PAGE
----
The jury report also discussed a need for more beds in Humboldt County Juvenile Hall and for a residential drug treatment program for juveniles.

The county's response said, “The probation department has already implemented the recommendation for the department to submit a detailed analysis that defines present and future housing needs and the supervisors resolve to make a priority of this expansion or new construction.”

According to the response, the department contracted in 2008 with the Criminal Justice Research Foundation to conduct an assessment in preparation for submitting a senate bill construction grant, but the county was not selected for the grant.

Regarding a drug treatment center, the staff report said, “The board is willing to work with interested parties in a feasibility study for a juvenile residential drug treatment center, and is currently doing so through departmental participation with the School Law Enforcement Network.”

Also on the board's agenda is the appointment of a county representative and alternate to the Klamath River settlement proceedings. Fifth District Supervisor Jill Duffy has been the Humboldt County Board representative to the Klamath River Settlement Negotiation Group since 2005. The board voted unanimously on Jan. 26 to approve, execute and be party to the Klamath Basin Restoration Agreement and the Klamath Basin Hydropower Agreement, and on Feb. 18 authorized Duffy to sign agreements on behalf of the board.

According to a memo from Duffy's office, the supervisors will discuss and appoint an interim supervisor as the county representative until January and designate Duffy as the alternate.

”Supervisor Duffy is not running for re-election and believes it appropriate at this time to transition board representation as it relates to the implementation of the KBRA and KBHA, and the initial phase(s) of establishing the Klamath Basin Coordinating Council (KBRA), Klamath Basin Advisory Committee (KBHA) and the Technical Coordination Committee,” the memo said.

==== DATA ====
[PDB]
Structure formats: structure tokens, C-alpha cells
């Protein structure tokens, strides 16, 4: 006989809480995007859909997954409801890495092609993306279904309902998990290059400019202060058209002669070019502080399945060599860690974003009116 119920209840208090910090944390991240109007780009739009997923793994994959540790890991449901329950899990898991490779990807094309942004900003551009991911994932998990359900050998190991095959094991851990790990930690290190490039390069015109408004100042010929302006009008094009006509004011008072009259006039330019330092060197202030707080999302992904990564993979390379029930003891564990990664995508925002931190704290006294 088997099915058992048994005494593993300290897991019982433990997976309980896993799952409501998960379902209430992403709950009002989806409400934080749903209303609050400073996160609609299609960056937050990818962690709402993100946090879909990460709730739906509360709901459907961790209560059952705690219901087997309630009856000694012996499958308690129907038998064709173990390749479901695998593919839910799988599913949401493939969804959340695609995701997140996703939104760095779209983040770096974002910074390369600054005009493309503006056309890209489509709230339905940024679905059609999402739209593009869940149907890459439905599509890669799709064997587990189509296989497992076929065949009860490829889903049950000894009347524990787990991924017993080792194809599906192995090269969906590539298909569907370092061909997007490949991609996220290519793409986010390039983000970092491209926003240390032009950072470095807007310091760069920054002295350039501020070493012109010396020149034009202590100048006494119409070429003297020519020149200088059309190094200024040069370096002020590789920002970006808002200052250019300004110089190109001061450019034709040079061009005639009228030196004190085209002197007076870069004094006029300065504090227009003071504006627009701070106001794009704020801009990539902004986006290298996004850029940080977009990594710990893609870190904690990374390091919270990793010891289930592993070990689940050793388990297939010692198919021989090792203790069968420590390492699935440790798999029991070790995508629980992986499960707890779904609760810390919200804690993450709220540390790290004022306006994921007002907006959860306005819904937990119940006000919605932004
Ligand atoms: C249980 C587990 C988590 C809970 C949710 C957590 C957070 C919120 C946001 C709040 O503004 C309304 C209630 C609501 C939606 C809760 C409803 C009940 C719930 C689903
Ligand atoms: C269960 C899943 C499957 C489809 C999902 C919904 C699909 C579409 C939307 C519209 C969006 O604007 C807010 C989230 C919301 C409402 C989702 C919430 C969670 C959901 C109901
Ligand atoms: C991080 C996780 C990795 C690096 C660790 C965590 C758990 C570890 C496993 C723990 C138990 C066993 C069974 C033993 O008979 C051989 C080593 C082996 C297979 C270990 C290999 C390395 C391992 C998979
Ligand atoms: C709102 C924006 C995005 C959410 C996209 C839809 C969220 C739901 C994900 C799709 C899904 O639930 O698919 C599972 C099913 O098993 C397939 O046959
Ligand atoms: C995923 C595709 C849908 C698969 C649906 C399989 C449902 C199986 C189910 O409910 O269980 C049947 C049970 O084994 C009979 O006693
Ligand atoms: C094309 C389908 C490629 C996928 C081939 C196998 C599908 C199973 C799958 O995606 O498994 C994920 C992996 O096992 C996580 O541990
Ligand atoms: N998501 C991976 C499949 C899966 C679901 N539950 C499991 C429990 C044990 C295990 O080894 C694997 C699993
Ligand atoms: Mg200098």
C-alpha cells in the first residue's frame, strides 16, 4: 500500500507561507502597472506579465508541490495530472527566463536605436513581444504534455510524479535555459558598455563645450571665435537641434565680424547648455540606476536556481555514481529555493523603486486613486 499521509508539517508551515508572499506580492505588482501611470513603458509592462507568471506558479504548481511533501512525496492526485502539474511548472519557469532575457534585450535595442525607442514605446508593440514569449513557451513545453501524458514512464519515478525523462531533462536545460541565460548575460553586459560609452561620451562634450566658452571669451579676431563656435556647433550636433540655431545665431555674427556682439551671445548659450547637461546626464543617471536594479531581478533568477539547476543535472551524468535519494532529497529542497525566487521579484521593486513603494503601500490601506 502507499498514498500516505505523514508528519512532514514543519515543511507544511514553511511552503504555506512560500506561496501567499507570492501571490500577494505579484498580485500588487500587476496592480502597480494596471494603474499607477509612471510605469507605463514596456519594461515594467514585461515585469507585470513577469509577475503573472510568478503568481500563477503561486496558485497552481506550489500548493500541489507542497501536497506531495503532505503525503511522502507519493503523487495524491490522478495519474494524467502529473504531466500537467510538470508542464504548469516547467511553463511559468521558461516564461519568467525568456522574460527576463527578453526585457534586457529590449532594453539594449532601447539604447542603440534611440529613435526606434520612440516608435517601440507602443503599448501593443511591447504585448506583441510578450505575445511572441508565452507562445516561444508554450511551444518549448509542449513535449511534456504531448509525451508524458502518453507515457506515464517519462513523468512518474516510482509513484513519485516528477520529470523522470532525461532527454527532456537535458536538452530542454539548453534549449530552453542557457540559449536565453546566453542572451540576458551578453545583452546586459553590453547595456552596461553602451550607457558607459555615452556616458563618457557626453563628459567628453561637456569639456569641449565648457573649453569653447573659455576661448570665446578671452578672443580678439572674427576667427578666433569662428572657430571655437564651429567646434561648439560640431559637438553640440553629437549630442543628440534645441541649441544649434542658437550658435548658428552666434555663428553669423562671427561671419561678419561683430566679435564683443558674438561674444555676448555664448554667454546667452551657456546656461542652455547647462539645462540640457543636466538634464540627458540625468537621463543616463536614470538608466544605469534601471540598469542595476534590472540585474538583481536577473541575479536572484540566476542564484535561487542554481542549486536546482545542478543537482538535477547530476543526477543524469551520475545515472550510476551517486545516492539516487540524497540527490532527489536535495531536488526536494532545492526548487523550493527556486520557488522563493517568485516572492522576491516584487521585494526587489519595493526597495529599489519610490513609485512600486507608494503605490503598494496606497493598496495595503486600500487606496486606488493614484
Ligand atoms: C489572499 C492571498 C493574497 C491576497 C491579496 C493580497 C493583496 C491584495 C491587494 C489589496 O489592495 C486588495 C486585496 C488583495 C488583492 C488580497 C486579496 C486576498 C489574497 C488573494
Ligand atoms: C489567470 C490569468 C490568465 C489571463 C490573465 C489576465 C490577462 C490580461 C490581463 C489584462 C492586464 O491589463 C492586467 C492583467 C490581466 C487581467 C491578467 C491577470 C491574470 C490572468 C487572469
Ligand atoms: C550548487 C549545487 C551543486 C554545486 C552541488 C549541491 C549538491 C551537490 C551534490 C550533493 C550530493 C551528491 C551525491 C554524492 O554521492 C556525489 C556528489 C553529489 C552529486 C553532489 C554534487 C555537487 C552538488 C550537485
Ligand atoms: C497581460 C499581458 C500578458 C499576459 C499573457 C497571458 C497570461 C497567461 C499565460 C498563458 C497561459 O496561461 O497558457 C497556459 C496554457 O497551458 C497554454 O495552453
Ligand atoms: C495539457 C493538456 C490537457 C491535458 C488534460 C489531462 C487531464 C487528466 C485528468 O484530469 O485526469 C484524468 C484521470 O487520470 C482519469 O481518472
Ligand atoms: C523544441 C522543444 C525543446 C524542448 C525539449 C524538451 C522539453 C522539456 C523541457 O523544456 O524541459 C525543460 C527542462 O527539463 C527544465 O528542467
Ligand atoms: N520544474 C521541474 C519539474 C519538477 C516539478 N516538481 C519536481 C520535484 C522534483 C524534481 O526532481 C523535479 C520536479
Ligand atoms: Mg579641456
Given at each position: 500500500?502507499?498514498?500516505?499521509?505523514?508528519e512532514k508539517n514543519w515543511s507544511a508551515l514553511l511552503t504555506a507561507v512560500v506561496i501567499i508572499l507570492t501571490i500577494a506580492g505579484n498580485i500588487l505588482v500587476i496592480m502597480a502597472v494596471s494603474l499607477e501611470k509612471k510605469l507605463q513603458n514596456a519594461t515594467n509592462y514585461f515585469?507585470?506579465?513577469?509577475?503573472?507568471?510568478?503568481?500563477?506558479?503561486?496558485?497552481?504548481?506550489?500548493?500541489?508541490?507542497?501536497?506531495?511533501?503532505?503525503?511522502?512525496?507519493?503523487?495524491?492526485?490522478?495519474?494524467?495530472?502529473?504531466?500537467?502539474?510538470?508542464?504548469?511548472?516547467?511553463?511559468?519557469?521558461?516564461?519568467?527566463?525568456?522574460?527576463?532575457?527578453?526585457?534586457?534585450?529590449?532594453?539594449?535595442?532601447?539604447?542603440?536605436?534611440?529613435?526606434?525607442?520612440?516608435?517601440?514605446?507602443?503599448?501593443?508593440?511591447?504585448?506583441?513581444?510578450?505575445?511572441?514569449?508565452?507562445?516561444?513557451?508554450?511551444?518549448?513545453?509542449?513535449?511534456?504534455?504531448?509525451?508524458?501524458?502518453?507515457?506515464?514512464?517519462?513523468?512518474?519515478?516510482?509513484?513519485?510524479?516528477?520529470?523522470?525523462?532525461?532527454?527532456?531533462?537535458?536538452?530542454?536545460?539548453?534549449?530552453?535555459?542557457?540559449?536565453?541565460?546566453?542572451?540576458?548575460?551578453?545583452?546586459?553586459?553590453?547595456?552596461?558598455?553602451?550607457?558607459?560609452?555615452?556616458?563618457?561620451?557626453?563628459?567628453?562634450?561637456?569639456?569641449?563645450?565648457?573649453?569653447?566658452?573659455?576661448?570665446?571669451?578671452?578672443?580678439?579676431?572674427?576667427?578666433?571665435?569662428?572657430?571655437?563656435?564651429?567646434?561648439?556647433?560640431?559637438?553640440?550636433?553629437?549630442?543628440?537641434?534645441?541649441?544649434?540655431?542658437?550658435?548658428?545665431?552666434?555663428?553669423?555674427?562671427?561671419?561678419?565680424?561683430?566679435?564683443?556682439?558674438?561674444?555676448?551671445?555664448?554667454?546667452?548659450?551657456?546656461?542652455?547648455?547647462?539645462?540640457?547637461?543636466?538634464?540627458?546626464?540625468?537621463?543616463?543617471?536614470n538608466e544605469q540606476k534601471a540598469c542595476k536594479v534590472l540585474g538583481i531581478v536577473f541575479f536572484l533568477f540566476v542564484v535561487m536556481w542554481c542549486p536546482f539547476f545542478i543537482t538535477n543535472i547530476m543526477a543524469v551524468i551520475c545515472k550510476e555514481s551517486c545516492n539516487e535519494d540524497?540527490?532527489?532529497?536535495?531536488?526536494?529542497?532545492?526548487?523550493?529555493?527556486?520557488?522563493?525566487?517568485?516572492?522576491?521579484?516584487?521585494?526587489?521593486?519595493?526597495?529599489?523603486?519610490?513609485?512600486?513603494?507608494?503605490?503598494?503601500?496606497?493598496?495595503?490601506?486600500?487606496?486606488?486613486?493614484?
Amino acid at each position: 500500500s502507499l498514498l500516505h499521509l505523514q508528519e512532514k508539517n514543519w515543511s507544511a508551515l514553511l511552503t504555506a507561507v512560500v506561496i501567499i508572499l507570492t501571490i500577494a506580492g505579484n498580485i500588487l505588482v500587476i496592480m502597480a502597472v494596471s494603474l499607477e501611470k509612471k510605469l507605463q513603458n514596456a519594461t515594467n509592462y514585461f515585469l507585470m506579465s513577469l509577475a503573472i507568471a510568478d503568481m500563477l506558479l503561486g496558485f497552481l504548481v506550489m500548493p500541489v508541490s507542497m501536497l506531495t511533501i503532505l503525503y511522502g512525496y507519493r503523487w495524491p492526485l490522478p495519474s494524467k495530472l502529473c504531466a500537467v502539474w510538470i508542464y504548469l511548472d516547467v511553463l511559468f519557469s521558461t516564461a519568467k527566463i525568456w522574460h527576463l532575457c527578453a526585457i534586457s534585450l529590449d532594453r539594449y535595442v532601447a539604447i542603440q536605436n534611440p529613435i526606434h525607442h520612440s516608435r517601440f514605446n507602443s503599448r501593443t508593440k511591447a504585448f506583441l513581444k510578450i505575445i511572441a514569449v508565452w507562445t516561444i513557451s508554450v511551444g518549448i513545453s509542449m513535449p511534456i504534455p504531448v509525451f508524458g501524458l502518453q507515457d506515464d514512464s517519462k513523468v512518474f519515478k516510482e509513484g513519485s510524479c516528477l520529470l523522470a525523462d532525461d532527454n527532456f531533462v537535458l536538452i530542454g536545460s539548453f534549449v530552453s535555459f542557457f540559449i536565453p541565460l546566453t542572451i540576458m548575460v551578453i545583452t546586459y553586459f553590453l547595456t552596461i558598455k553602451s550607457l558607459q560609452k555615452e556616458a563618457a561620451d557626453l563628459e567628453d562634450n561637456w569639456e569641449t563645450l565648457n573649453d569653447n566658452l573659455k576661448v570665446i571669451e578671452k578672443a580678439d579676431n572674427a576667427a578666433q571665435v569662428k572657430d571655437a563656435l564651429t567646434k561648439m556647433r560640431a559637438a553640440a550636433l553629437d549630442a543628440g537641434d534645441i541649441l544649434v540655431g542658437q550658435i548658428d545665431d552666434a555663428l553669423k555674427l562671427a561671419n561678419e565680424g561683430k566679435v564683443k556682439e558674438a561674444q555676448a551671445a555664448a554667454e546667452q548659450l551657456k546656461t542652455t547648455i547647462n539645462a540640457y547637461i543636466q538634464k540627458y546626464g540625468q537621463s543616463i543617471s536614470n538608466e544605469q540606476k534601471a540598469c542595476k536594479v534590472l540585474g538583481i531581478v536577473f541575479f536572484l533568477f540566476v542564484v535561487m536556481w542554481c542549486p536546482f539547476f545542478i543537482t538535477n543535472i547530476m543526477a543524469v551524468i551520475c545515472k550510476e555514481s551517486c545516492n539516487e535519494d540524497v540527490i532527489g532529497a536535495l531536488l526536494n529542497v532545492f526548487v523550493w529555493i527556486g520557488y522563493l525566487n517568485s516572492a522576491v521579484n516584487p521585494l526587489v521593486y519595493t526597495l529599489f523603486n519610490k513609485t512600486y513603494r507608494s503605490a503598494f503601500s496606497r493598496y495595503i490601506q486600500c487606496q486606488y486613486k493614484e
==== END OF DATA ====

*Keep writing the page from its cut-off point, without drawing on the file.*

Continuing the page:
In other matters, the supervisors will vote on supporting a California Public Utilities Commission resolution that would provide about $2.2 million to Redwood Telephone LLC to help fund its Northern California Open Community Fiber Network Project, and vote on approving a RLF Redwoods Properties joint timberland management application. The board also will receive a presentation from St. Joseph hospital CEO Joe Mark at 10 a.m. on the hospital's tower construction project and financial situation.

The board will also hold an administrative abatement hearing on a Shelter Cove property on Springs Road. The abatement springs from 2001 violations of development in the coastal zone without permits. The Code Enforcement Unit is presenting a timeline of compliance for the board's approval.

For the complete meeting agenda and supporting documents, visit



What: Humboldt County Board of Supervisors meeting

Where: Supervisors Chamber, first floor, Humboldt County Courthouse,

825 Fifth St.

When: 9 a.m. Tuesday

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Gang membership withstands Fresno crackdown

Posted at 10:26 PM on Saturday, Jul. 17, 2010
By Brad Branan / The Fresno Bee

Most people arrested during the Fresno Police Department's well-publicized gang sweeps never set foot in the county jail, records collected by The Bee suggest.

About 75% of those snagged in a two-week stretch of the most recent gang sweep were cited by officers and let go after promising to show up in court.

This is by design, Chief Jerry Dyer said. The sweeps conducted by teams of officers are supposed to rattle the cages of gang members and reduce spikes in criminal activity, particularly shootings, he said.
* Merging of Fresno city, county services no easy task